Saturday, January 15, 2011

The Practice of Trusting Your Child

Trusting your child means giving him the space to "be".
To practice trusting your child is a difficult exercise
at times because, as parents, we are conditioned to be
on the lookout for what can go wrong.

This way of thinking is fear based. The challenge this
month is to transform fear based thoughts and feelings
into love based thoughts and feelings.

This does not mean that we behave irresponsibly as we
guide our children. It means that we explore where our
thoughts are pre-dominantly rooted in fear.

See if you can practice trusting that your child knows
his limits. You may be surprised at how connected your
child actually is to his intuition.

Instead of saying, "Be careful, you WILL fall or get
hurt", you can try, "Take care of yourself and be aware
of what is around you."

Be present to your inner guidance which will signal you
if there is in fact, real potential danger that needs
to be addressed.

Instead of bringing your child's attention to the "bad"
things that may happen, focus on guiding him to be aware
of what is going on around him.

Show your child what it looks like to be fully awake, so
to speak, so that he can pay attention to the details of
his surroundings.

For example: When I rollerblade with my daughter, I bring
her awareness to what is not only in front of her but
all around her.

I say things like, "Listen to the sounds all around you,
feel the road underfoot." As she is easily distracted
by thoughts that take her attention away from the moment,
I gently bring her attention to what is happening all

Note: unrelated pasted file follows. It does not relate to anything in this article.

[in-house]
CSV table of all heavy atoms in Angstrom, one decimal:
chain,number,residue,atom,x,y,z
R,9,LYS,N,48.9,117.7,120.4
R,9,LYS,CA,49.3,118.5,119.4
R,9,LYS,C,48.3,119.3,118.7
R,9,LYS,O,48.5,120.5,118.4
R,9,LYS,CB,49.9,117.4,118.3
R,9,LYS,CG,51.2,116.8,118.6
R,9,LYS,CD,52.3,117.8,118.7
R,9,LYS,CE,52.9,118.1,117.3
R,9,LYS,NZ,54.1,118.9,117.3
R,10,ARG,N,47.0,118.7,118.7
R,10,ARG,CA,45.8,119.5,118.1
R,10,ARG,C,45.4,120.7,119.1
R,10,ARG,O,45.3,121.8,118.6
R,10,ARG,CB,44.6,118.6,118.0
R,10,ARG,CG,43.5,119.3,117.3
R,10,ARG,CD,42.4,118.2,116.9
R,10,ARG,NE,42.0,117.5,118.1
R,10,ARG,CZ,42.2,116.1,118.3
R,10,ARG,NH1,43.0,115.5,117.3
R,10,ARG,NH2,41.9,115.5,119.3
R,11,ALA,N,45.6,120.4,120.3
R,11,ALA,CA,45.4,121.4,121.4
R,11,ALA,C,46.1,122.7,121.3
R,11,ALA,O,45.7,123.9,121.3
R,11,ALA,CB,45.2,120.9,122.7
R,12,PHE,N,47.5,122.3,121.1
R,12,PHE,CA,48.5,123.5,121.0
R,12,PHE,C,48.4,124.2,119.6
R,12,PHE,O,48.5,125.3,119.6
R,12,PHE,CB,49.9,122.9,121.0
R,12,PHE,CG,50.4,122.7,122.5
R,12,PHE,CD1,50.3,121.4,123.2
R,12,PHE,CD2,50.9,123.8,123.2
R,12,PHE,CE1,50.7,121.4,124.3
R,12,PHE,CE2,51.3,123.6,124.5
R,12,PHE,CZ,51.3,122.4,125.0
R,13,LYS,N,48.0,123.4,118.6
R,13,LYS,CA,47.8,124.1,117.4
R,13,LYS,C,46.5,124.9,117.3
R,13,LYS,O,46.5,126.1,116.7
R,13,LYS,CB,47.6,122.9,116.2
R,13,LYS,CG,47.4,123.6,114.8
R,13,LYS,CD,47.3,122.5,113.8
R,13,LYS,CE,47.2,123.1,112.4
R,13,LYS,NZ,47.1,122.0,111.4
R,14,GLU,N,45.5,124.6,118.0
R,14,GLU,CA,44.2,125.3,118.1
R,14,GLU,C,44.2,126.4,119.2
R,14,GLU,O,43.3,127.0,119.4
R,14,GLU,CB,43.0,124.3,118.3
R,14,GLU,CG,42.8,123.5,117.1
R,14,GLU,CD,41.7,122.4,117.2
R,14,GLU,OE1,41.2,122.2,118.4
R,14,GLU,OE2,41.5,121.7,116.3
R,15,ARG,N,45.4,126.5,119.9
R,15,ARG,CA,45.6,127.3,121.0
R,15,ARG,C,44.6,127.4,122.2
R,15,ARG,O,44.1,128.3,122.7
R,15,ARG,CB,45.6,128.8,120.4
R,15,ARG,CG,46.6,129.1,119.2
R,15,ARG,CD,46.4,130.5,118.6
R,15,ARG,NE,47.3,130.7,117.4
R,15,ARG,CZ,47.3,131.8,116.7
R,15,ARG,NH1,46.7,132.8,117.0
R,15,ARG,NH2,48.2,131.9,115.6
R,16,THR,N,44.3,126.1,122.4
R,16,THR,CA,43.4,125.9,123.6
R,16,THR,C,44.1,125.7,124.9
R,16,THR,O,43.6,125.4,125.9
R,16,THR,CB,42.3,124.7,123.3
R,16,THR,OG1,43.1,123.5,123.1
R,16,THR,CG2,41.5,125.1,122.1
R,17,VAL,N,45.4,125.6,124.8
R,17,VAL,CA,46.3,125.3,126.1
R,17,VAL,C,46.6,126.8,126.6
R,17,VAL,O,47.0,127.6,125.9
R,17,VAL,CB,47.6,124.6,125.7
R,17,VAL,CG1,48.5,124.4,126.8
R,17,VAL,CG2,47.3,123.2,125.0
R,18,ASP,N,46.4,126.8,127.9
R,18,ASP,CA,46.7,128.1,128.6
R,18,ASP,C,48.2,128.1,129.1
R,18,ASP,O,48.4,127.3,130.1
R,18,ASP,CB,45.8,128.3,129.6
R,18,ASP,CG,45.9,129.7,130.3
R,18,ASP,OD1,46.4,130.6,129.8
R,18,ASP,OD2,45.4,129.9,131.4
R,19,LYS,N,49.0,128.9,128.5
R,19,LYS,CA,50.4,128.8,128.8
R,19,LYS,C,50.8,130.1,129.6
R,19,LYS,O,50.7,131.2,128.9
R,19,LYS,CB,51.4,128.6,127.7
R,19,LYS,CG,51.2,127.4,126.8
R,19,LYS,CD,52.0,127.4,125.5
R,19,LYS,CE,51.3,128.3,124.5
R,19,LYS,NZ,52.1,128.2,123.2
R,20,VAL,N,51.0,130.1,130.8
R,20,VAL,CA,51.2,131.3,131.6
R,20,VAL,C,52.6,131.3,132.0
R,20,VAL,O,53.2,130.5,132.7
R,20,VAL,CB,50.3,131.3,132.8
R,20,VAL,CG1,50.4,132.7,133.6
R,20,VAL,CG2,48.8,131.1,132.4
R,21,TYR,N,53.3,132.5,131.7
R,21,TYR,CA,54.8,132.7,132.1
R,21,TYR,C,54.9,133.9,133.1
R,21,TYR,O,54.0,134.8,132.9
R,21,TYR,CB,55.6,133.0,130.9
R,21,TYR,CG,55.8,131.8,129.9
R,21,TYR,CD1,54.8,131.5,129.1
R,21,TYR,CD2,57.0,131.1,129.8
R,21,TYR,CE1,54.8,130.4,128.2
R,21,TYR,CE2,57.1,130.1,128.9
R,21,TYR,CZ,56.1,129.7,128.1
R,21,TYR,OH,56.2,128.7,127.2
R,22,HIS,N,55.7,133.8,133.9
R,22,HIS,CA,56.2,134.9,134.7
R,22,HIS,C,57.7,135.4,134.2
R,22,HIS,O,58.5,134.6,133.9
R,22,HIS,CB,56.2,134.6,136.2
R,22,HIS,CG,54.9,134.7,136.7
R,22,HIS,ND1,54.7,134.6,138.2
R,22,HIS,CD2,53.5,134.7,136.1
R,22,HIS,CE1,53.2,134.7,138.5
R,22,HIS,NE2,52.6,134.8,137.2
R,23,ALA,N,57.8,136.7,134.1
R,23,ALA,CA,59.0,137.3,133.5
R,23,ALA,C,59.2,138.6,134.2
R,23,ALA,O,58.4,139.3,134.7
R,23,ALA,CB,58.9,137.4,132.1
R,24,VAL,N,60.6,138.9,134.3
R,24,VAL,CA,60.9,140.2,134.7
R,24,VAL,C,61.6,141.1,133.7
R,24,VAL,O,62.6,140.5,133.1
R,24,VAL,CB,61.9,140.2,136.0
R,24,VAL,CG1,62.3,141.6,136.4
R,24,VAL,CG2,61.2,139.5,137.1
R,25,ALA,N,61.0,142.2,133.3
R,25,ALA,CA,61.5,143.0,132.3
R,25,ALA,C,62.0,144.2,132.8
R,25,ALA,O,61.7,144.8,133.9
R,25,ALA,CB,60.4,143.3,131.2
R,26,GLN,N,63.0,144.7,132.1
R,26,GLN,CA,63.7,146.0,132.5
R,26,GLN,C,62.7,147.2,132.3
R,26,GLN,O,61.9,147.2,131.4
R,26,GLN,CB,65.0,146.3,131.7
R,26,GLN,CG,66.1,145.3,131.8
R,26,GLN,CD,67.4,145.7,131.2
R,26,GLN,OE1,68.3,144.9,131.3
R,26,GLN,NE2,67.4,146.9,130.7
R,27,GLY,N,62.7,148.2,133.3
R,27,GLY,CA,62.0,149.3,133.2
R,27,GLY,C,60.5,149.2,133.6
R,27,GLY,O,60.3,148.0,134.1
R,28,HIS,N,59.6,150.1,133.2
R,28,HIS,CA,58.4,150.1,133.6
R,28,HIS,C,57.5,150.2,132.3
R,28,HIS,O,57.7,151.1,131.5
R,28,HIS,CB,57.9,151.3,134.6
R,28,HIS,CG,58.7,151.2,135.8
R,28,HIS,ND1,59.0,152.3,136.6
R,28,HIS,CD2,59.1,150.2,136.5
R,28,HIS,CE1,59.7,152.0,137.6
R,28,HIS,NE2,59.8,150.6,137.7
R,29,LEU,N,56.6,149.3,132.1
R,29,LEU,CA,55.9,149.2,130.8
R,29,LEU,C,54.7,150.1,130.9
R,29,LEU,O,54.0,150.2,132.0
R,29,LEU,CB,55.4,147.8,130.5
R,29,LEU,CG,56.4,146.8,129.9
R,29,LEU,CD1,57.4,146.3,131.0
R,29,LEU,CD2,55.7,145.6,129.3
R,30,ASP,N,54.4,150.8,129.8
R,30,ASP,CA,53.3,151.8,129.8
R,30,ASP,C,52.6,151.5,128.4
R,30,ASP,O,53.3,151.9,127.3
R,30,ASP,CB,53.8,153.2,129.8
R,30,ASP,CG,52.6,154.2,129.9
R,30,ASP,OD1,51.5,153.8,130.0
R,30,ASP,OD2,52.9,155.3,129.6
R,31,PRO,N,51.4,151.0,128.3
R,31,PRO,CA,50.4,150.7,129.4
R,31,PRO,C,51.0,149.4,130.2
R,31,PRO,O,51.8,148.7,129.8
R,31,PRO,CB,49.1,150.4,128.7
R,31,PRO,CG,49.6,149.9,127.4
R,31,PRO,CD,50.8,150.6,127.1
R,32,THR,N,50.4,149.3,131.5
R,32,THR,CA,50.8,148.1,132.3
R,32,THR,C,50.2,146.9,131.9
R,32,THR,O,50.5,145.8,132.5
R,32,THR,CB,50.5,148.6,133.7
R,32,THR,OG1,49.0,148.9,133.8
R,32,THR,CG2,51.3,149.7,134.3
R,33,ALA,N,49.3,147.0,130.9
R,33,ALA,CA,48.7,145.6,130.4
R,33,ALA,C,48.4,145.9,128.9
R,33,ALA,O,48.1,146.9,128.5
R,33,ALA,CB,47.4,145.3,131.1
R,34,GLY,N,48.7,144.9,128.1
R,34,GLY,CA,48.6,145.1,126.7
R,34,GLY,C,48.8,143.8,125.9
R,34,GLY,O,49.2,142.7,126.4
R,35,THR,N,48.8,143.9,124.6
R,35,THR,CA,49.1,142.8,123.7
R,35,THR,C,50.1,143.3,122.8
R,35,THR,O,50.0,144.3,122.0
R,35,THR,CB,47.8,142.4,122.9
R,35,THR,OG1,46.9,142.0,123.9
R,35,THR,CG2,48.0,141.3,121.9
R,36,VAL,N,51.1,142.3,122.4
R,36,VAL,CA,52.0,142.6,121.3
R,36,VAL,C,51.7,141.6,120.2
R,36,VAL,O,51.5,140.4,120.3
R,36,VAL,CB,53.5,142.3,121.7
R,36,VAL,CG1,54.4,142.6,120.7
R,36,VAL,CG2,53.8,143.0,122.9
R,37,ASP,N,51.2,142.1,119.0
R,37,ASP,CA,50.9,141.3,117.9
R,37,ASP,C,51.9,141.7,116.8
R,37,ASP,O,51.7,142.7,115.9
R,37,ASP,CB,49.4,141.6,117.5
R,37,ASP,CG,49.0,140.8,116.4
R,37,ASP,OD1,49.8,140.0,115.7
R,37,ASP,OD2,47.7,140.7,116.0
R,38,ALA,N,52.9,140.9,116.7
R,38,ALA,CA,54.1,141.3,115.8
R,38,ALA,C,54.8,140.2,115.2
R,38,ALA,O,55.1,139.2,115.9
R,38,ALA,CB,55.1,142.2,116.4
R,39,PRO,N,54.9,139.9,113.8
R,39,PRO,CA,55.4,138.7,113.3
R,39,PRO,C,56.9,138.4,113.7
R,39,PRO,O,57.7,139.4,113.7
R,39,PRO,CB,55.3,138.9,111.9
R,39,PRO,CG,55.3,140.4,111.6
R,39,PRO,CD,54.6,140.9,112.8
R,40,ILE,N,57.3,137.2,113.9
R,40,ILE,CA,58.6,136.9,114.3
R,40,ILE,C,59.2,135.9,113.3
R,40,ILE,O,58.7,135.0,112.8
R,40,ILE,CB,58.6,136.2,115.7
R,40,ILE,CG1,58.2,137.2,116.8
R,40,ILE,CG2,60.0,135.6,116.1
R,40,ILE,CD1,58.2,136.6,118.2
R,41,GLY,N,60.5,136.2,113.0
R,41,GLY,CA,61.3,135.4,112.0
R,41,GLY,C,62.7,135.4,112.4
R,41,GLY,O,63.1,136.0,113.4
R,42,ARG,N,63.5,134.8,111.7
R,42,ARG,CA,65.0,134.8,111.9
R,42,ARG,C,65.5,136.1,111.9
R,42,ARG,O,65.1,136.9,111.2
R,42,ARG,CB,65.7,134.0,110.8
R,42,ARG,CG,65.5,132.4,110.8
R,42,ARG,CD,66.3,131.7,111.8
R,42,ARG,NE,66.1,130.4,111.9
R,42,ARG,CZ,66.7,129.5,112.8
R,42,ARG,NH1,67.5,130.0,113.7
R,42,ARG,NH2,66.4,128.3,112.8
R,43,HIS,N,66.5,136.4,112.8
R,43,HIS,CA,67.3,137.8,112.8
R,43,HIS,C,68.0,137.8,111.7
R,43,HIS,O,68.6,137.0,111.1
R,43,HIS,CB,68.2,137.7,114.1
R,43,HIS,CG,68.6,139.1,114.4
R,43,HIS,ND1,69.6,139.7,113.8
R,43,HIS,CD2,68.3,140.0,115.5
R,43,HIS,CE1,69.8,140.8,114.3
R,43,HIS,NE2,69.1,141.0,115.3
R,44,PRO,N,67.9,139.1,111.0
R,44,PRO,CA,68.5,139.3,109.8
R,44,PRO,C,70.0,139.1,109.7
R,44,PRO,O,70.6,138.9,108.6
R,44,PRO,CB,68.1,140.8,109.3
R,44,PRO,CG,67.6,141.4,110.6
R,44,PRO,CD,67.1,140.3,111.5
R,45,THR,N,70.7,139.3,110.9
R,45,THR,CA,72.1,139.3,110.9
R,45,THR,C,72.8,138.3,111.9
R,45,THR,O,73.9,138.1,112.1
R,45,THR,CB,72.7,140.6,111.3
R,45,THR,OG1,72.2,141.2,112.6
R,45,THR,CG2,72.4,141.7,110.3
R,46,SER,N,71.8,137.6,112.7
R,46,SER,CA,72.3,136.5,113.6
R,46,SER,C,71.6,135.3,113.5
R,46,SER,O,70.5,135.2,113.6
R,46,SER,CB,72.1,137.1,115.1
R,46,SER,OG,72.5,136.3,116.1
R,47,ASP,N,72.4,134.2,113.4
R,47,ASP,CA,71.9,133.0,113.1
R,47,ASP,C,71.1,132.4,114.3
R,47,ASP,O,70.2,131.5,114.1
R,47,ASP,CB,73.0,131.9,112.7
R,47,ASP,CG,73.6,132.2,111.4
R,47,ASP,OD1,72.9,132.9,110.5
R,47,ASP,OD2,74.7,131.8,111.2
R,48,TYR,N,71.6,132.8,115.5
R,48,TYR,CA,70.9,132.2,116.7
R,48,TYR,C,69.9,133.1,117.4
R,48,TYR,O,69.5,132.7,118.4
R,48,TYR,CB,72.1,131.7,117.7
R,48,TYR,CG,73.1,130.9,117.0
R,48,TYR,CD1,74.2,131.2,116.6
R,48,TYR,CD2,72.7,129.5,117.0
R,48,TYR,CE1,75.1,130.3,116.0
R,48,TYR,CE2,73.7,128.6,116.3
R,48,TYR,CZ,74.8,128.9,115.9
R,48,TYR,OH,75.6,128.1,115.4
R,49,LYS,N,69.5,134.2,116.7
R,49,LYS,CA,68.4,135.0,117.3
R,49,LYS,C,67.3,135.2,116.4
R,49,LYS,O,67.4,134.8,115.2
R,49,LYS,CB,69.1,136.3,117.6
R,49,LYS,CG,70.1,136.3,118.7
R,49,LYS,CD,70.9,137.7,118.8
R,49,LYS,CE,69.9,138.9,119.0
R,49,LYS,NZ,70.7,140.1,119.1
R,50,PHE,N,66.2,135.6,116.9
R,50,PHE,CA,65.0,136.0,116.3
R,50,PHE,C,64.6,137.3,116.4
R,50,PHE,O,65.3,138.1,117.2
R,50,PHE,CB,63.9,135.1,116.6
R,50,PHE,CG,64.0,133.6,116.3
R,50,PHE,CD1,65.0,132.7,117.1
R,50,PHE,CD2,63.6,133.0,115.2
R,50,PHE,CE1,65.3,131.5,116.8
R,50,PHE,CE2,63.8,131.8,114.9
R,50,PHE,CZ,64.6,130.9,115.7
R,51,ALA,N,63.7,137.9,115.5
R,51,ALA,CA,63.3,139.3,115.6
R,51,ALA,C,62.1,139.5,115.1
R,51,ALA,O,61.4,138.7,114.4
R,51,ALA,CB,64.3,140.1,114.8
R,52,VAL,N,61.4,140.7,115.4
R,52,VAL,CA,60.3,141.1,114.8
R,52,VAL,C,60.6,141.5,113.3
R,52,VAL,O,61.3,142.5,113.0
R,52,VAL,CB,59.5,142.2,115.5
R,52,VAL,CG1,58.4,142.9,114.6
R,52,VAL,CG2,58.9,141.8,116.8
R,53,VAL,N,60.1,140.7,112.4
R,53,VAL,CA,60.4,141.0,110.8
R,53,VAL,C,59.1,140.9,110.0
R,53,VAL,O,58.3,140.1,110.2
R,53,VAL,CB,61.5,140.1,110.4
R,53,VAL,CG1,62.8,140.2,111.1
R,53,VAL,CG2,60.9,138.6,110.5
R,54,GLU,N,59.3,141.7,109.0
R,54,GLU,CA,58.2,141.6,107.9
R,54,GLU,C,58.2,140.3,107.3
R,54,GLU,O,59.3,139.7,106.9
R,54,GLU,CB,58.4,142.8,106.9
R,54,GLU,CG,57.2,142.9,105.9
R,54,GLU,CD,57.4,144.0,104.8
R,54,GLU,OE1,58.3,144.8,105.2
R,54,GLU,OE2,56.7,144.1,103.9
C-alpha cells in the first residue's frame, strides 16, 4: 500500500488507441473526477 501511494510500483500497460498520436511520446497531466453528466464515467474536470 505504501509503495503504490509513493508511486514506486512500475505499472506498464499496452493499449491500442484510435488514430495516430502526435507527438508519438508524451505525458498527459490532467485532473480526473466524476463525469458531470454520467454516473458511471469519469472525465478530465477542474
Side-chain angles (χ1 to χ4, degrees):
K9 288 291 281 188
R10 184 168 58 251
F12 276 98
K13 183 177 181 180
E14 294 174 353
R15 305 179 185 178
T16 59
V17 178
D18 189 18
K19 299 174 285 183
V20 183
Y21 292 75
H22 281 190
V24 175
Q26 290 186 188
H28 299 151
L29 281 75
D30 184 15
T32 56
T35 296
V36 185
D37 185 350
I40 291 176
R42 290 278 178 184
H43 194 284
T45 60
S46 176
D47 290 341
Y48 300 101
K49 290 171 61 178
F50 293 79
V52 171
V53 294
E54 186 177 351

around her right now. With this practice, as we play
and have fun, she is learning to be fully awake in the
present moment.

This also leaves little room for complaining or worrying,
since her full attention is given to what is happening
right now.

With older children, informing them of certain risks
and dangers is not the same as inundating them with
endless stories of what can go wrong.

Express your concerns in an authentic way and share
with them how you have used your inner guidance to
direct you in your life.

Encourage them to trust their instincts and empower
them with the confidence to say, "no" when required.
Teach them the difference between, "no" that is filled
with fear and "no" that is an expression
of calm assertiveness.

To respect yourself is to honor your inner guidance.

Give your child the freedom to learn from mistakes
and the guidance to know when to walk away from
real danger.

Real trust is something many of us felt fully as
children. As we grow up and grow into a fear based
world, we turn away from trust.

As a conscious parent, reconnect to the trust within
you, it is there. The innate wisdom within you will
always lead you in the right direction. You cannot
access this wisdom through fear.

Your practice it to also trust that at the core,
beyond the superficial beliefs that you have about
yourself, you are unique, you are special and, best
of all, you are a divinely inspired creative human being.

With love and light

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